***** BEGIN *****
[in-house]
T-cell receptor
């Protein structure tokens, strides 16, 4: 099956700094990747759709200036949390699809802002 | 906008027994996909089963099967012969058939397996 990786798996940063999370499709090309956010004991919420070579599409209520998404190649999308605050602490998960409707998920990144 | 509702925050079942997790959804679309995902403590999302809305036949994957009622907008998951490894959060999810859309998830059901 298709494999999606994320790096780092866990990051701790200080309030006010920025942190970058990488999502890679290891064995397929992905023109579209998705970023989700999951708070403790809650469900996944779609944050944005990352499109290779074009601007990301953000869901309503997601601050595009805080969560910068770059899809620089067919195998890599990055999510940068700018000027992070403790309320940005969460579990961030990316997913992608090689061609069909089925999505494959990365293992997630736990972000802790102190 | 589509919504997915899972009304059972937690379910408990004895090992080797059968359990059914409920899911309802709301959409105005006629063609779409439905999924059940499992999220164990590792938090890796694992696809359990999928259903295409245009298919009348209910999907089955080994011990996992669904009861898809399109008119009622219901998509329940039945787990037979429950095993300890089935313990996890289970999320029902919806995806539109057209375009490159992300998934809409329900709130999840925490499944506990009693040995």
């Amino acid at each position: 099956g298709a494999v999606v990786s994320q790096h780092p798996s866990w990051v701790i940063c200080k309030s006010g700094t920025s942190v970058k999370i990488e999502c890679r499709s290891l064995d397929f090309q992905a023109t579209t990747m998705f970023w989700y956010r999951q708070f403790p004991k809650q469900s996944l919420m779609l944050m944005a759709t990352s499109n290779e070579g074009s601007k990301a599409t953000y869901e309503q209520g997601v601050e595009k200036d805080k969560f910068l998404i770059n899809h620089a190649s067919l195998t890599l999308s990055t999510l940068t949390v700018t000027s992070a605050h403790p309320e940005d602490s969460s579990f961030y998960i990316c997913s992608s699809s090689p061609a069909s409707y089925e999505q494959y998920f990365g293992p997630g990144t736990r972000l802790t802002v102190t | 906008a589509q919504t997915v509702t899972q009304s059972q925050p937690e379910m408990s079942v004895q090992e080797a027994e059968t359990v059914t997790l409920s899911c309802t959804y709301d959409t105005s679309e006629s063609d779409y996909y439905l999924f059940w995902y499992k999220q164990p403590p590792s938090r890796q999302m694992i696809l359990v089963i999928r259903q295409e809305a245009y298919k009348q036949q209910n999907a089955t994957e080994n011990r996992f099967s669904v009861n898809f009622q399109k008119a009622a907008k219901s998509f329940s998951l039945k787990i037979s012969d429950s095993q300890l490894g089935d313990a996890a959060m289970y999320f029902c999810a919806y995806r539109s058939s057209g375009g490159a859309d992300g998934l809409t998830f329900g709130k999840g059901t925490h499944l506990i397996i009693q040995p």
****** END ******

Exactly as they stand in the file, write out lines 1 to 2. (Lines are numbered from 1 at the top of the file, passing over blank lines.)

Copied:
[in-house]
T-cell receptor